What I can't forget about, because I'm still trying to get my mind around it, is the buffalo imagery and Lugosi's creepy viewing of S&M/rape flicks and striptease images (which he follows up by looking straight into the camera with a "See? I told you so" expression as if I'm supposed to have understood any of what I've just seen, much less agree with the film's point in showing it to me).

What's truly sad about Glen or Glenda, if Ed Wood is right about the back-story, is that it was supposed to be a deeply personal movie for Wood, who was a transvestite himself. He was fiercely proud of the movie and really thought that he was showing society something that would change its opinion of cross-dressers and transsexuals. Knowing that, and actually seeing the stink bomb that he made, makes the character that much more sympathetic to me.
I think I'm going to enjoy this experiment.

Soon he's gonna be a Jedi

I didn't mention it before, but my recent re-watching of The Phantom Menace was to kick off something that I'm sure all real Star Wars fans have done a long time ago: watching all six movies (plus the Clone Wars cartoons) back-to-back in chronological order. I've put off doing it for reasons that would bore you, but finally decided it was time.

I was surprised by a couple of things during the experience, especially once I got to the original trilogy (which I hadn't watched since the first time I saw Phantom Menace). Seeing Star Wars so soon after watching Revenge of the Sith made seeing Vader for the first time in Star Wars even more of a thrill than it usually was. I tried watching the original trilogy as if I'd never seen them before and I found myself looking more forward to the Vader scenes than usual. As flawed as they are in some points, the prequels did a nice job of investing me in the Anakin character. (I've never been one to criticize Hayden Christensen's performances as Anakin. I blame any weakness there on the script and directing. He's actually got some very nice moments as an actor.)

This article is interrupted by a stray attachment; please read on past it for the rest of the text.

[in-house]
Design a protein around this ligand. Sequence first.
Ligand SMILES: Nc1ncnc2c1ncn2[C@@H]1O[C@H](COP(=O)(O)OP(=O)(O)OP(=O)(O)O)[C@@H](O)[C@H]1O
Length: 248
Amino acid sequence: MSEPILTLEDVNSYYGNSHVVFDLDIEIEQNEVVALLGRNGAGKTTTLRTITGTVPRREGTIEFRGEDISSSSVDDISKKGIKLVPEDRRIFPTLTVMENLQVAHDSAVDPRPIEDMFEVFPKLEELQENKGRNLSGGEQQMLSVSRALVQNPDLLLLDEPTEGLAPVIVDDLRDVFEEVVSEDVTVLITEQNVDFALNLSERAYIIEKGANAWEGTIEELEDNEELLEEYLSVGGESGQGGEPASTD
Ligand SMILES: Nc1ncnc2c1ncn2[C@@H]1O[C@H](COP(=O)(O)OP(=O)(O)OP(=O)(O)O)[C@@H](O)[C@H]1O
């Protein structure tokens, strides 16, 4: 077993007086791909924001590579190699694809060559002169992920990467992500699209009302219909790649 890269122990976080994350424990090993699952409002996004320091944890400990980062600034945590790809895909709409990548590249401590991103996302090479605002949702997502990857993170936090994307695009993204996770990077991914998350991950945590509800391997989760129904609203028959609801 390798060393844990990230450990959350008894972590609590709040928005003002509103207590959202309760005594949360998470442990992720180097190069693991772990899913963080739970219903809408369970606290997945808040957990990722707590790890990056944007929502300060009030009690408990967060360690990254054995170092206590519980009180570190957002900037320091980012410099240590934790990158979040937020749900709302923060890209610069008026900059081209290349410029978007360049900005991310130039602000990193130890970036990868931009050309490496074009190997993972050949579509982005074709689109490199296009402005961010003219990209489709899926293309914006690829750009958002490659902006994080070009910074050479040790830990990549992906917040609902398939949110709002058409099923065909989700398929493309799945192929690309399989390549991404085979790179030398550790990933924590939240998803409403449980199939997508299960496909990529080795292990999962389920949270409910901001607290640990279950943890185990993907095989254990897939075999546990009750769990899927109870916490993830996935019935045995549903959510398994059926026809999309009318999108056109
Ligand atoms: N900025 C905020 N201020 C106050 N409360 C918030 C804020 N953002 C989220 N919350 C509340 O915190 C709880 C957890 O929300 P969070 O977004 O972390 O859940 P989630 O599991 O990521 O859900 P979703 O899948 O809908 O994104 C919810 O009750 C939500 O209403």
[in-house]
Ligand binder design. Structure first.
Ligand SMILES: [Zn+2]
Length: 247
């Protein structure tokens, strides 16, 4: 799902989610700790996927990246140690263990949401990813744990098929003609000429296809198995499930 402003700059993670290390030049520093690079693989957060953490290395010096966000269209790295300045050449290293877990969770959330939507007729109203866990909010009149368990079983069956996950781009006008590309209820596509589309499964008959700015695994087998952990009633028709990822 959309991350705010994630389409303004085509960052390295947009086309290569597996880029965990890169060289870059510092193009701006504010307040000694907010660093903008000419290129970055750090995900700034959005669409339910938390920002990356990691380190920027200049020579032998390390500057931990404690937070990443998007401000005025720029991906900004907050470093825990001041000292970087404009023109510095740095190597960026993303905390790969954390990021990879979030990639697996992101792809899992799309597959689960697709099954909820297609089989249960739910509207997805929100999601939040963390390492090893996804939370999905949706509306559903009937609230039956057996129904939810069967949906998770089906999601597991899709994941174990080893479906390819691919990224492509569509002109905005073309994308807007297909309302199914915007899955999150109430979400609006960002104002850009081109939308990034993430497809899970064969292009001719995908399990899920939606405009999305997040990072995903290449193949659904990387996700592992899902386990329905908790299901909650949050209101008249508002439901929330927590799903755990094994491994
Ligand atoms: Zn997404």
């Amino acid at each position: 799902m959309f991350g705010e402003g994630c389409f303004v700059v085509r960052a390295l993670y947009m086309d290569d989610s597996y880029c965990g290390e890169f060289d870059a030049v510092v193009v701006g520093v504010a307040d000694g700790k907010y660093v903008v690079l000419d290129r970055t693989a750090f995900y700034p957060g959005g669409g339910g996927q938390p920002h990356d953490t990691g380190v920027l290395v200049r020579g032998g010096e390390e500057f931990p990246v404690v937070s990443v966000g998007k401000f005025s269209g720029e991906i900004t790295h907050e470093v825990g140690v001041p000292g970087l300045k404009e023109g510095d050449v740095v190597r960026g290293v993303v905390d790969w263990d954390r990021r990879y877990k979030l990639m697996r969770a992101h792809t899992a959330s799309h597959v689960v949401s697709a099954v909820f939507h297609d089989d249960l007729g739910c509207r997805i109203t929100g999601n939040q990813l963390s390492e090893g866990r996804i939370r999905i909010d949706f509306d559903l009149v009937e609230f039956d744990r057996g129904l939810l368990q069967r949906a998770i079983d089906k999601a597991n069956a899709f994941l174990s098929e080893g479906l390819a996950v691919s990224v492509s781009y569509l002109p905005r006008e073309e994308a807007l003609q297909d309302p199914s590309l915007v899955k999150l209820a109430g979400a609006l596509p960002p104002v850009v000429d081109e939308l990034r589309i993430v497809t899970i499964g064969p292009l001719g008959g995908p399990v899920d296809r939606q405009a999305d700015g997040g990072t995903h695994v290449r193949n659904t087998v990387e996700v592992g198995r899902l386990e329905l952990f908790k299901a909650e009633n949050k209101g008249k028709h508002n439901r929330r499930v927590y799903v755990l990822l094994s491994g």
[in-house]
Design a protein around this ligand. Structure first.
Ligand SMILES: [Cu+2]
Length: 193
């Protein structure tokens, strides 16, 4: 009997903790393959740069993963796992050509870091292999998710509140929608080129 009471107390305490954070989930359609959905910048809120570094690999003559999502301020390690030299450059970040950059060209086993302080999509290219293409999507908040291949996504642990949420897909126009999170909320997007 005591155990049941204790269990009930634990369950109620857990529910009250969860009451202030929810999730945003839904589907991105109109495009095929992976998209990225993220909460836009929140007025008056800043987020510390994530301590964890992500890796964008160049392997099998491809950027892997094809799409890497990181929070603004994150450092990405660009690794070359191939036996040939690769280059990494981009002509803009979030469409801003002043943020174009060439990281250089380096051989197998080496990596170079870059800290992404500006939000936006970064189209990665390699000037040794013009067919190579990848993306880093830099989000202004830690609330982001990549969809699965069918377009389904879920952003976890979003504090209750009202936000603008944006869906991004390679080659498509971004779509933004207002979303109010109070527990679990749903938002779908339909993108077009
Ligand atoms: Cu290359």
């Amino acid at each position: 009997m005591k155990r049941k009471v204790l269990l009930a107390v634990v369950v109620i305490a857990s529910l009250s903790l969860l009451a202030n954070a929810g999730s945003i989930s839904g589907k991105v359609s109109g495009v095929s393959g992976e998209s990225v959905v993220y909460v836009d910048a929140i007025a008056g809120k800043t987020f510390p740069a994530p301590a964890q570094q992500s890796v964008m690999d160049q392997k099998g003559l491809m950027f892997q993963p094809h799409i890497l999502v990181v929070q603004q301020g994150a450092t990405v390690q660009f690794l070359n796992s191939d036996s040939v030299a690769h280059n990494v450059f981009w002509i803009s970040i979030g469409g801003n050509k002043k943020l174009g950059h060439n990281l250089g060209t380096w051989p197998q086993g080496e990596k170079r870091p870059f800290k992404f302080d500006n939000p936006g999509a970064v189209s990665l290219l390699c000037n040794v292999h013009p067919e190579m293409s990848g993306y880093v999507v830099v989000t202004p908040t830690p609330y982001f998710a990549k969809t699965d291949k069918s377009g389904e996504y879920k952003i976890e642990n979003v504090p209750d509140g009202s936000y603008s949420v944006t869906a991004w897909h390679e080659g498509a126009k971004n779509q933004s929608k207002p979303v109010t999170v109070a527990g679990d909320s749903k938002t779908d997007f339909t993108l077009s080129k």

When Leia meets Vader for the first time in Star Wars I got another little thrill. "Oooh, that's your daughter and you don't even know it!"

I was also surprised at how easily explainable most of the inconsistencies are between the films. I'm not the kind of guy who needs for everything in serialized fiction to perfectly jive with everything else. I know that inconsistencies occur, and rather than get bent out of shape over them, I find it more fun to try to figure out plausible explanations on my own. For example, Artoo's leg-rockets that he uses all the time in Clones and Sith never get used in the last three episodes. I was actually looking pretty closely for times when they might have come in handy and didn't see any occasions in which they would've made a crucial difference in the story. In other words, he never really needed to use them, so maybe he just chose not too. Another explanation though is that both Artoo and Threepio are considerably worse for wear in Star Wars than they were at the end of Sith, so maybe the leg-rockets were destroyed or disabled at some point between the two. (Speaking of the droids, by the way, I love the fact that having them finish Sith and start Star Wars in the service of Captain Antilles takes that horrible Droids cartoon from the '80s and the just-as-silly Dark Horse comics that followed right out of the canon.)

I won't go into every apparent inconsistency -- because it's clear that Lucas made most of this up as he went along and there are a lot of inconsistencies -- but another explainable one is the conversation that Luke and Leia have in Jedi about their mother. Luke says he has no recollection of her, but Leia claims to have a general impression of what Padme was like. My theory is that Bail Organa and his wife were able to tell Leia stories about Padme that influenced Leia's childhood memories of her mom, whereas Owen and Beru wouldn't have been able to do the same for Luke.

Some of Obi Wan's references in Empire and Jedi to being trained by Yoda are hard to explain knowing that he never actually was directly trained by Yoda, but borrowing his "certain point of view" logic I can let that slide. Obi Wan obviously just likes to tweak facts in order to simplify whatever story he's telling.

Other things I noticed watching the films this way:

The duel between Vader and Obi Wan in Star Wars was much more powerful this time. As I watched it, I was reminded of their duel in Sith and I was able to feel a lot of latent anger and released frustration in Vader. Also, knowing that Obi Wan had learned about the Jedi afterlife from Qui Gon while on Tatooine made Obi Wan's "if you strike me down" claim make a lot more sense.